Tooth Extraction: What You Need to Know

Tooth extraction

Tooth extraction is the removal of a tooth from its socket in the bone. If you are facing a tooth extraction, it can seem a little daunting and nerve-wracking. But did you know that tooth extraction is a fairly standard dental procedure? Let’s face the fear together. Take a look at our handy guide on tooth extraction to help you prepare for your upcoming procedure.

When Is Tooth Extraction Necessary?

In many cases, teeth that are broken or damaged by decay can be fixed with a filling, crown, or other dental treatment. Sometimes, though, the damage is too severe to repair, so your dentist will recommend extraction.

Here are some other reasons tooth extraction might be necessary:

  • Decay has reached deep into the tooth
  • The tooth or the surrounding bone is infected
  • There isn't enough room for all the teeth in your mouth
  • Extra teeth block other teeth from coming in
  • The teeth are crooked and room is needed for the teeth that will grow or that may be moved into place through orthodontic treatment
  • There may not be enough space for your wisdom teeth, also known as third molars

Preparation

Before a tooth is removed, your dentist will thoroughly review your medical and dental history and take the appropriate X-rays. X-rays reveal the length, shape and position of the tooth and surrounding bone. From this information, your dentist can estimate the degree of difficulty of the procedure and decide whether to refer you to an oral surgeon.

Before a simple extraction, the area around your tooth will be numbed using local anaesthetic. However during a more complicated removal, called a surgical extraction, your dentist or oral surgeon may administer intravenous (IV) anaesthesia, which can range from conscious sedation to general anaesthesia, which will put you to sleep. If this is the case, arrange for someone to drive you home after the procedure and stay with you until your sedation wears off.

Tooth Extraction Process

There are two types of extractions you might have:

  1. A simple extraction is performed on a tooth that can be seen in the mouth. It’s common for a general dentist to perform simple extractions. During a simple extraction, your dentist will numb the tooth and gum tissue and loosen the tooth with an instrument called an elevator before removing it with dental forceps.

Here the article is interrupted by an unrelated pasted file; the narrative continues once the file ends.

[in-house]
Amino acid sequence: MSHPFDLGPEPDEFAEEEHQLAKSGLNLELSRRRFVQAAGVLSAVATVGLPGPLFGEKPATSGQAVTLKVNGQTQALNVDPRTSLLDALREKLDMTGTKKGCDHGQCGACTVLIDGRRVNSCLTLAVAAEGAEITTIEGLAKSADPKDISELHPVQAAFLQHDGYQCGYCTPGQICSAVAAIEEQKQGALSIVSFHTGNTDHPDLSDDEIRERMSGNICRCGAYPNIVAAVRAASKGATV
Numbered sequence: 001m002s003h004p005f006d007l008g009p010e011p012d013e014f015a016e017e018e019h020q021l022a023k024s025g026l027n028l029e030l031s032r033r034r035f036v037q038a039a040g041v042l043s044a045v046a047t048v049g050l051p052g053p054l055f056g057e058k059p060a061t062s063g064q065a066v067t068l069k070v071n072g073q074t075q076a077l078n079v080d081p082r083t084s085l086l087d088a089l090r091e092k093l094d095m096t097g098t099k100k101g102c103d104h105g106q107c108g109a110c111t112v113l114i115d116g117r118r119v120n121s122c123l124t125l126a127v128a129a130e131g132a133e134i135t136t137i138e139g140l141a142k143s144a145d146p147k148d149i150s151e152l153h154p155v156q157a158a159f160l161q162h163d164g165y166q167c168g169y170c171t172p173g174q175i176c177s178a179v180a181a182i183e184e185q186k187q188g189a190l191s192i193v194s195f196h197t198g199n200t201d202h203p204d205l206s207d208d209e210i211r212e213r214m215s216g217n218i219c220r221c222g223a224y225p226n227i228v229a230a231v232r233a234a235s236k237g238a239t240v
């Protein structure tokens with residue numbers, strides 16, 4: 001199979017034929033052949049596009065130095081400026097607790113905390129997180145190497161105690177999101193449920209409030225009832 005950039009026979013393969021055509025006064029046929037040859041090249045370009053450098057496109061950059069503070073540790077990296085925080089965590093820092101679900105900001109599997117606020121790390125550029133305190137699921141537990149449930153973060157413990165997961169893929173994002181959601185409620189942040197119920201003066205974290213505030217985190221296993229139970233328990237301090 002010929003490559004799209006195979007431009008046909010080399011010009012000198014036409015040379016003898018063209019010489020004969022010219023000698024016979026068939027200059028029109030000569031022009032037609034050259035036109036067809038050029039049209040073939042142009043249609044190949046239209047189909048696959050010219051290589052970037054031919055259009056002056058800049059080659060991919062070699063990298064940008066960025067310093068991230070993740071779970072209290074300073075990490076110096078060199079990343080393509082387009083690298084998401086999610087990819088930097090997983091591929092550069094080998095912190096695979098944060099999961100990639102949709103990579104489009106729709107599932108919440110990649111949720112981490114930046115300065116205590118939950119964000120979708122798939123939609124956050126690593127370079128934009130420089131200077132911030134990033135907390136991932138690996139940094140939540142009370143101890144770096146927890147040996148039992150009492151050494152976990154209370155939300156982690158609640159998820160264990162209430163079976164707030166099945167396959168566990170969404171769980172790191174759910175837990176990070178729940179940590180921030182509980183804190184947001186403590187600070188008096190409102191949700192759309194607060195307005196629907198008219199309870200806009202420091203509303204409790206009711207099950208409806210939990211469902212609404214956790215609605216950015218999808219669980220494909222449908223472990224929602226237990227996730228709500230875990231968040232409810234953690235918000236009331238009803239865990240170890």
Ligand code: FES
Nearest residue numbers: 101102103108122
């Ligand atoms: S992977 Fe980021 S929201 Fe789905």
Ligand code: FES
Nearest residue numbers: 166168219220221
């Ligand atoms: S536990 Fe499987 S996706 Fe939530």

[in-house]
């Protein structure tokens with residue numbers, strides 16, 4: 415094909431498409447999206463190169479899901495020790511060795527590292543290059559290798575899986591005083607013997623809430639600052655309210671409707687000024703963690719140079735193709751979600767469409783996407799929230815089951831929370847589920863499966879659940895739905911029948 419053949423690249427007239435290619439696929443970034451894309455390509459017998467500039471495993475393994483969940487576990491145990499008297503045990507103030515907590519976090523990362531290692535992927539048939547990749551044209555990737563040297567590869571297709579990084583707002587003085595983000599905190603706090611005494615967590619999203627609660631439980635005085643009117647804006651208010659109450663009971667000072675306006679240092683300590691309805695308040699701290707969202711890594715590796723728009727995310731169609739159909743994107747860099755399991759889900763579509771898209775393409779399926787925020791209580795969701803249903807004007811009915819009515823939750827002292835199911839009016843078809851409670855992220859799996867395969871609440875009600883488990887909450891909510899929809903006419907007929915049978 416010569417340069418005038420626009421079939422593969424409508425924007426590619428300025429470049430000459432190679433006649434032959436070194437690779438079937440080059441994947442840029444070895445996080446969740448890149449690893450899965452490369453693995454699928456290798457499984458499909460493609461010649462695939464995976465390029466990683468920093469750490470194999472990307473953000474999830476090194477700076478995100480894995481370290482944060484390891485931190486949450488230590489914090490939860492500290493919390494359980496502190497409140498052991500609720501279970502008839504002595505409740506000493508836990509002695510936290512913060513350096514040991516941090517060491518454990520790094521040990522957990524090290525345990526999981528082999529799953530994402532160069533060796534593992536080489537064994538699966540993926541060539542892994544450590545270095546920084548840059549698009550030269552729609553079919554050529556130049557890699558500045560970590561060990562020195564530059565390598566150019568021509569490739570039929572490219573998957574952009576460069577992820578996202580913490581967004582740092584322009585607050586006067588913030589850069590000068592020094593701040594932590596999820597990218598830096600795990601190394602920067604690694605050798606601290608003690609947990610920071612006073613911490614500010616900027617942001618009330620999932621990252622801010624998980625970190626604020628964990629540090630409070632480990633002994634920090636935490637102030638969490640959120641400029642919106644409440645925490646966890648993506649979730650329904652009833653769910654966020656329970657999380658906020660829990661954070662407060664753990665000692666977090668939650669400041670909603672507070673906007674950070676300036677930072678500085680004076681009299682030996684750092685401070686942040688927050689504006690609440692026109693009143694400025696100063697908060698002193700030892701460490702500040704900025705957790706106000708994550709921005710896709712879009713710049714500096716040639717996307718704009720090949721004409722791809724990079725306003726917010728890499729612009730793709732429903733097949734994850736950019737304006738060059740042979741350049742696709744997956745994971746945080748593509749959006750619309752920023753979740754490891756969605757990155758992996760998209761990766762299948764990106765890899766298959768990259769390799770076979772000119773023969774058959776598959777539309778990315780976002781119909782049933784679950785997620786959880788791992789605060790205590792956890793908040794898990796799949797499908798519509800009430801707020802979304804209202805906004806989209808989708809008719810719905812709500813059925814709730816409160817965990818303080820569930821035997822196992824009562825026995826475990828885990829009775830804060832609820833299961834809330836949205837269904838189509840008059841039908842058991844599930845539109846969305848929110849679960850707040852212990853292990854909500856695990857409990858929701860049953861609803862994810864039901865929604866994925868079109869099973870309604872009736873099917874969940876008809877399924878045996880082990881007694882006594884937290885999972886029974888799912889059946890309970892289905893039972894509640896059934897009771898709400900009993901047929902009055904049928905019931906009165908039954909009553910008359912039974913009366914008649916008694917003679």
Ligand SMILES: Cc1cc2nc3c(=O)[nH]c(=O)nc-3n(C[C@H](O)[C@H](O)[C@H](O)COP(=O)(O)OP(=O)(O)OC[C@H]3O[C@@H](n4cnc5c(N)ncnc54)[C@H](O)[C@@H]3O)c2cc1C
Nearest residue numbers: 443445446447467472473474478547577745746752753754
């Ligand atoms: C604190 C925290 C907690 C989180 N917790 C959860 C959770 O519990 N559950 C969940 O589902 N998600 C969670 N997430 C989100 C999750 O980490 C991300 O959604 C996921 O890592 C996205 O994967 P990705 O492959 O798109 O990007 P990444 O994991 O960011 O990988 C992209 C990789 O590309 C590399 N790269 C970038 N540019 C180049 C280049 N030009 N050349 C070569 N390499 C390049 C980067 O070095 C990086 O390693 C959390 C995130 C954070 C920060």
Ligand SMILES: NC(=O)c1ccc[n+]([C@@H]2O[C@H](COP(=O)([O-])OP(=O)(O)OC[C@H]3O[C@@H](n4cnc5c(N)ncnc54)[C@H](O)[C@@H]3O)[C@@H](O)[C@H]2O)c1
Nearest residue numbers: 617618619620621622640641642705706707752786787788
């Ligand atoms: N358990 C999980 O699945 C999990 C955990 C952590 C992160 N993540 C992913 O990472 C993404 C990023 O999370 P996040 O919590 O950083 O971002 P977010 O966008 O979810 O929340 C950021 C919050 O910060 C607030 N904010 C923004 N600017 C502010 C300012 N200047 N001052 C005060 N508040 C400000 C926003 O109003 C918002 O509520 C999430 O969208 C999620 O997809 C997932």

2. A surgical extraction is a more complex procedure that is used for a tooth that may have broken off at the gumline or has not come into the mouth yet. Oral surgeons usually perform surgical extractions. However, they can also be done by general dentists. During a surgical extraction, the doctor will make a small incision (cut) into your gum and remove the underlying tooth. Sometimes they will need to remove some of the bone around the tooth or cut the tooth in half to extract it.

After the Extraction

The most important thing to make sure you do after a tooth extraction is keep the area clean and prevent infection. Immediately after the procedure, your dentist will ask you to bite down gently on a piece of dry, sterile gauze, which you should keep in place for up to 30 to 45 minutes to limit bleeding, while clotting takes place. For the next 24 hours, you shouldn't smoke, rinse your mouth vigorously, or clean the teeth next to the extraction site.

You can expect a certain amount of pain and discomfort following an extraction. In some cases, your dentist will recommend a painkiller or prescribe one for you. It might help to apply an ice pack to your cheek for 15 minutes at a time. You should also limit strenuous activity, as well as avoid hot liquids and not drink through a straw. Under normal circumstances, discomfort should lessen within three days to two weeks. However, if you experience prolonged or severe pain, swelling, bleeding or fever, call your dentist or oral surgeon immediately.

Whether you’re a seasoned pro or a tooth extraction newbie, your best bet for a successful and uncomplicated procedure is to follow your dentist’s recommendations carefully before and after the procedure. Tooth extraction makes room for something better and can help keep your smile healthy and confident.

This article is intended to promote understanding of and knowledge about general oral health topics. It is not intended to be a substitute for professional advice, diagnosis or treatment. Always seek the advice of your dentist or other qualified healthcare provider with any questions you may have regarding a medical condition or treatment.  

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Tips for Pain Management After TOOTH REMOVAL

Here are a few tips to help minimize your discomfort and speed recovery:

  • You can put ice packs on your face to reduce swelling. Alternate 20 minute on and 20 minutes off.

  • Eat soft and cool foods for a few days.

  • Starting 24 hours after surgery, swish with warm salt water. Use one-half teaspoon of salt in a cup of water.

  • You should not smoke, use a straw or spit after surgery. These actions can pull the blood clot out of the hole where the tooth was.